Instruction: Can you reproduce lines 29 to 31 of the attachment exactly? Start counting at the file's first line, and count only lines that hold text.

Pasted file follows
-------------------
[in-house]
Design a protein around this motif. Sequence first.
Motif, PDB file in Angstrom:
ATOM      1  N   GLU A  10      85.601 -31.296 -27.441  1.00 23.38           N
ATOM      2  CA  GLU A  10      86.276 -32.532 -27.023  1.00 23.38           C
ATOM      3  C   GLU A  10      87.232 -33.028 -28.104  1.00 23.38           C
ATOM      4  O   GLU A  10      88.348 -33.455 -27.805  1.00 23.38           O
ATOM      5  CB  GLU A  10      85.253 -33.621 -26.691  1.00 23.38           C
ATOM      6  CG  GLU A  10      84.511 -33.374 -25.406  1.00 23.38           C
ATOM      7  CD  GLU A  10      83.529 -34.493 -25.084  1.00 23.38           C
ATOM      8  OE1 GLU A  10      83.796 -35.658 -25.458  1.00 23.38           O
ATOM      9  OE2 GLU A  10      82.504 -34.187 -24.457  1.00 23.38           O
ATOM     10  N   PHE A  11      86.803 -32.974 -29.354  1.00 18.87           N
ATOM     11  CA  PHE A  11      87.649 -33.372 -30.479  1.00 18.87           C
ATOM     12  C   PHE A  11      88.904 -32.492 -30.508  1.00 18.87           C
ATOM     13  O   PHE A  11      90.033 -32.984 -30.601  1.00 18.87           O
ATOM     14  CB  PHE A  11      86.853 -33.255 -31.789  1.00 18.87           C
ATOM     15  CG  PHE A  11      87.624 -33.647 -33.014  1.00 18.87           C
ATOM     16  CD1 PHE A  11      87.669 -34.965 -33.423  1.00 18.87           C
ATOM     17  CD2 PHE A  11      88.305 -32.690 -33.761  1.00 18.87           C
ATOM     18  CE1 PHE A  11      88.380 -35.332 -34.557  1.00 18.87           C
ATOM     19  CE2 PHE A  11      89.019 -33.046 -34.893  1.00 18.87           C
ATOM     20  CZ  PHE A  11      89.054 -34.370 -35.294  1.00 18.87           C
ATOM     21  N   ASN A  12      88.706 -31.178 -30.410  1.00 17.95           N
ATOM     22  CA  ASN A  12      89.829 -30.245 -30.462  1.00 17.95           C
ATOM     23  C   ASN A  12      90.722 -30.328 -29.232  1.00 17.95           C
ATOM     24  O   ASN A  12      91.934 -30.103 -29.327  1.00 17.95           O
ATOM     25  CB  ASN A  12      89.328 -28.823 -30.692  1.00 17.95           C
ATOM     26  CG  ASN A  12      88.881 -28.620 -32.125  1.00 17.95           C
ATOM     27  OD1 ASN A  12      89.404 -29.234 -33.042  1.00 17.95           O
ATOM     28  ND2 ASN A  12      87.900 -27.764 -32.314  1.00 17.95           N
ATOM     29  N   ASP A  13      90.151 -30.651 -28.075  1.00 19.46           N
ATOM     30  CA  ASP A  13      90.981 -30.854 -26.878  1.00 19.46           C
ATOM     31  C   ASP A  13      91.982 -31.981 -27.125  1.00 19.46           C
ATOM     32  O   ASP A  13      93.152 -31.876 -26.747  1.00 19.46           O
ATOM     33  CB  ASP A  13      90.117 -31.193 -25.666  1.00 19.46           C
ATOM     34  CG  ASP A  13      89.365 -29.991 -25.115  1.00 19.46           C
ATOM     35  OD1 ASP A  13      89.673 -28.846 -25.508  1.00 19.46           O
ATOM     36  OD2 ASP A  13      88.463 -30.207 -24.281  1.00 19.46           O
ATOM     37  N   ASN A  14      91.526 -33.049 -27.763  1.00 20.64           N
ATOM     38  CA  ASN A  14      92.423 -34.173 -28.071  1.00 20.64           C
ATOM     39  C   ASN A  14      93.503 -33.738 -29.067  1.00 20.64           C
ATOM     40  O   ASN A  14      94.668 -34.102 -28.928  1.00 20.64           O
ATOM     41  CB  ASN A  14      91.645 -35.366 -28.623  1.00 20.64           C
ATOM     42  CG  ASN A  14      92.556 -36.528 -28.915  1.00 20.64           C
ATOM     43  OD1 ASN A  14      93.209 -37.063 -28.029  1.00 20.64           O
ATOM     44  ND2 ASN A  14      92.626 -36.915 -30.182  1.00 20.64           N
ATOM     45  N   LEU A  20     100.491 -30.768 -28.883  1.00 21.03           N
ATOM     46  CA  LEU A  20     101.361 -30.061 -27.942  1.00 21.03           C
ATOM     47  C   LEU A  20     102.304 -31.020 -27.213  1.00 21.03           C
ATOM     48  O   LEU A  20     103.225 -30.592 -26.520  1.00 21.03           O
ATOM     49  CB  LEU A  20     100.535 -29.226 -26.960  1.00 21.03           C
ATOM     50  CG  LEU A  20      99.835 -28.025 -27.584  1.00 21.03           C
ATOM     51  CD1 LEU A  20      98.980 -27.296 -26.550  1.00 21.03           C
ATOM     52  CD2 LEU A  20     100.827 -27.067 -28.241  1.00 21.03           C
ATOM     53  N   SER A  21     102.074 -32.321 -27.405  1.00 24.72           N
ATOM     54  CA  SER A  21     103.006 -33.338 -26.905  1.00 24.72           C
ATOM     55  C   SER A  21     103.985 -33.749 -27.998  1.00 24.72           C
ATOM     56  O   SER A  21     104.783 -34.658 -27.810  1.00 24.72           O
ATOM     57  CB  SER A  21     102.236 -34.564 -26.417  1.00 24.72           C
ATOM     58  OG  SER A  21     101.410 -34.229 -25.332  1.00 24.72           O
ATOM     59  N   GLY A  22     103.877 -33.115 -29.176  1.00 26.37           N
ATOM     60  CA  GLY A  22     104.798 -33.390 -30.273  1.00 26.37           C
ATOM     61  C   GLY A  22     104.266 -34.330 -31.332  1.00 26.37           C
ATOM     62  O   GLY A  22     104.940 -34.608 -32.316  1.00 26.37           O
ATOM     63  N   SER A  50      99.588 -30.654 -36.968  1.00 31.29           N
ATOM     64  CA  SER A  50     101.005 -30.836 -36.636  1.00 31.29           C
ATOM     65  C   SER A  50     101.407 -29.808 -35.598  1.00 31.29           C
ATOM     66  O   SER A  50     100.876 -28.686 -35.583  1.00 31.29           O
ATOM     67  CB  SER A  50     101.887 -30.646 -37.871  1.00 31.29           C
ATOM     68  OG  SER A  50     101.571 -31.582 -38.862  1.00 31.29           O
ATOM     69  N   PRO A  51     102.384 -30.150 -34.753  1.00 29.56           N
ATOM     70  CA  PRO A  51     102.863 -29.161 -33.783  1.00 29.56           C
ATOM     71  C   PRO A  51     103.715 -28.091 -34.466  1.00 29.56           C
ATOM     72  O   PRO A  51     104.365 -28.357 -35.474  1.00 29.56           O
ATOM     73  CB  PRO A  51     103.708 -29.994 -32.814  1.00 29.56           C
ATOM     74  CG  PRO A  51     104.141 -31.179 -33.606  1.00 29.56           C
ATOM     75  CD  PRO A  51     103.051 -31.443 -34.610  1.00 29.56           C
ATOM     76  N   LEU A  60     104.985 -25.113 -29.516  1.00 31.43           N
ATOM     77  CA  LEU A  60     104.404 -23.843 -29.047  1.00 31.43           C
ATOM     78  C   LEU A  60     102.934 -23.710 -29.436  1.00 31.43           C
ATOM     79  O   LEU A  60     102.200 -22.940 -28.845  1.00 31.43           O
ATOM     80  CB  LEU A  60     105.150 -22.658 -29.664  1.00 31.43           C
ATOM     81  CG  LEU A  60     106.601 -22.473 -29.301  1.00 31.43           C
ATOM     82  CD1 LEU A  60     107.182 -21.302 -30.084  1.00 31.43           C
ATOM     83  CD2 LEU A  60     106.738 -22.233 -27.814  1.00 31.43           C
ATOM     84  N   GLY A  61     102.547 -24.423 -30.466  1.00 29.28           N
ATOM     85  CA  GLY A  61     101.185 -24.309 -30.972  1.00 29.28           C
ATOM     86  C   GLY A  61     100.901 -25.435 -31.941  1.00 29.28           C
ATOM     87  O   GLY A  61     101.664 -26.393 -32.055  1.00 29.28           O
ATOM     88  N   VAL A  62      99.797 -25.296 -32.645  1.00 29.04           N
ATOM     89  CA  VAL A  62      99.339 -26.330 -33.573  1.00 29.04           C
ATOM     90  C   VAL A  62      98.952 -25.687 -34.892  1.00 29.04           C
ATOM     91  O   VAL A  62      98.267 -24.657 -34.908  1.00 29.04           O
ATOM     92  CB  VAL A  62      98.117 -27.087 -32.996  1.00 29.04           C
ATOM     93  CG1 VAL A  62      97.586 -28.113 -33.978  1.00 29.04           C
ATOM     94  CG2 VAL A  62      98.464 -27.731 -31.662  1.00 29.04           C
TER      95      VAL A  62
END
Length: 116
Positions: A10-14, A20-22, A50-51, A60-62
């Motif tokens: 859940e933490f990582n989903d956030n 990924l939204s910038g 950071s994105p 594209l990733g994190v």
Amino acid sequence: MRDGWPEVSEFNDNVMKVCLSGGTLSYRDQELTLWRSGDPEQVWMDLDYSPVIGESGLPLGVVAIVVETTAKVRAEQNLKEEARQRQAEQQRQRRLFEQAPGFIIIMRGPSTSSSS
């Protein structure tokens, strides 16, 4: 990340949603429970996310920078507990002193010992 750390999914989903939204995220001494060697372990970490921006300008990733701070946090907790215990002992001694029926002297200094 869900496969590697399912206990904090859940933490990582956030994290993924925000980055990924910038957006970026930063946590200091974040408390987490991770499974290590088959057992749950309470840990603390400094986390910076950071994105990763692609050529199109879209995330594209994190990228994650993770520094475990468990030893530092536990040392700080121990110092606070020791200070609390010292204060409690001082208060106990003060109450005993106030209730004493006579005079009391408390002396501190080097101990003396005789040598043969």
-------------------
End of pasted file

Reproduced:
ATOM     26  CG  ASN A  12      88.881 -28.620 -32.125  1.00 17.95           C
ATOM     27  OD1 ASN A  12      89.404 -29.234 -33.042  1.00 17.95           O
ATOM     28  ND2 ASN A  12      87.900 -27.764 -32.314  1.00 17.95           N